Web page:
“For the hundredth time, I don’t mean to pry.”
-A cat’s last words.

Curiosity is a benign human peculiarity that’s gone through a long, arduous, mostly successful advancement.

Lately, the journey’s turned nauseous and circuitous.

Freaking long ago,

Curiosity started as nature’s way of human sustenance.

Red, round, runny thing. “Let’s try it.”

Ten days later…

“Darn, everyone almost died. Stay away from that thing.”

Pink, pulpy, pungent thing that moves.

“Get the fire going. Who’s up for the elimination challenge today?”

And so on.

Long ago,

A group of bearded men came along and made curiosity their sole purpose. They were kooky people but their curiosity was the beginning of humanity’s intellect and wisdom.

Apropos, they were called philosophers. The world, still going after fruits and animals, was far from ready for them and tried getting them to drink poison-laced green juice. That only made the questions they asked more popular.

Sometime ago,

Curiosity turned into the nature of things and how they worked. Inventions and discoveries happened. Industrialization was curiosity’s big break. Technology, its stardom. Psychology, its madness. The Internet, its death.


The globalization of information shook up all status-quo. Curiosity wasn’t the same again. This was a movement pioneered by a small group of geeks that was remnant of the philosophers that came 2000 years before.

Along the way, the idea fell into the hands of halfwits who made questioning the status-quo their prime motivation. They were curious, all right, but they weren’t looking for answers. They were looking for more ideas to shit upon. And it changed everything: Mindlessly questioning the status-quo became the status-quo.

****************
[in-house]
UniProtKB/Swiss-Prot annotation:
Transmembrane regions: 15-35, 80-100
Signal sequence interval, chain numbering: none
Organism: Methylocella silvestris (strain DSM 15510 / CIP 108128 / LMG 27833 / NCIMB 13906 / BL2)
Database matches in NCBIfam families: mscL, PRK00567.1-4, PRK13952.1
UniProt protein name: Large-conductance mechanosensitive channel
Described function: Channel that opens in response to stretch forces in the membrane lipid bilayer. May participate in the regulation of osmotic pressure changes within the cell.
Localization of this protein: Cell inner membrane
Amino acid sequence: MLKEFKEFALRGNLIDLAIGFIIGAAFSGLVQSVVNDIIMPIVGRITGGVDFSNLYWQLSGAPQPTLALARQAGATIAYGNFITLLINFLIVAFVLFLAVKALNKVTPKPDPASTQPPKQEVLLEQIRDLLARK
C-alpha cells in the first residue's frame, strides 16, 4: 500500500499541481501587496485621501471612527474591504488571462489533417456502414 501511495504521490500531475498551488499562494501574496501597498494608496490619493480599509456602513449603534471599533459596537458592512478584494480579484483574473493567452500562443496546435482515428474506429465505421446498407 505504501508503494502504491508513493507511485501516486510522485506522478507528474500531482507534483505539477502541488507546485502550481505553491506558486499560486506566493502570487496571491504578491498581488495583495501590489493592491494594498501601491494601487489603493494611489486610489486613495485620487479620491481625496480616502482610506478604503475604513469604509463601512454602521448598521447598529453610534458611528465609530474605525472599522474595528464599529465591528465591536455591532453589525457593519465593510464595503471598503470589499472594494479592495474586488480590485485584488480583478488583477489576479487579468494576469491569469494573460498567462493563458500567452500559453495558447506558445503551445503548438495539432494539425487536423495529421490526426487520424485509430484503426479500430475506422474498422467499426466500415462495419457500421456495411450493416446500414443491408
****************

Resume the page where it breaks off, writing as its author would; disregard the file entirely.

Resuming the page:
We are asking some pretty dumb questions and we are asking some pretty dumb questions about those questions — until hell freezes over. And the problem with that is nothing’s getting done. We are only producing skeptical sociopaths who believe they are standing for entire movements and causes.

And this is the new curiosity. It’s seeking validation for the questions asked rather than the answers received. Which brings us to one cause that no one gets, but everyone loves to talk about: Freedom of Speech. If questioning the status quo is the status-quo, speaking about Freedom of speech is the new freedom of speech.

Nauseous and circuitous.

Now you can get away with all the vile shit you say. Congratulations.

Curiosity fell with the belief that you can find answers only by questioning everything. But if we are questioning everything, no answer will ever satisfy us. And instead, we find an inane sense of pride in questioning itself.

Hell froze over and we fell into the endless crevasse of curiosity: attention-seeking. The trick’s simple: turn your vapid comment into a question and everyone will pay attention.

A conversation for change is not driven from a place of curiosity but from a place where words are picked on, bludgeoned, and thrashed around.

The result of all this is that what’s truly important is getting lost. The movement misses the message. One of the century’s most important causes is on the brink of going down in history as the movement that pioneered the usage of pronouns and antecedents.

Instead of having a conversation, we answer every question by asking another question. We’ve become afraid to find and live the answer. It’s like being in a place of worship and having that one swear word looping in your head. Is it only you?

Turning curiosity into a movement can become annoying and obstructing to living a normal healthy life. It can become a quiet addiction you don’t realize until people start keeping a safe distance from you. You become the proverbial hollering drunk that people go around.

You aren’t fighting for a cause, you are not curious — you are drunk on yourself and your questions because you have not bothered to find out the answers.

The red, round, runny thing has become your fruit of knowledge.

Who’s going to tell you it’s poisonous?

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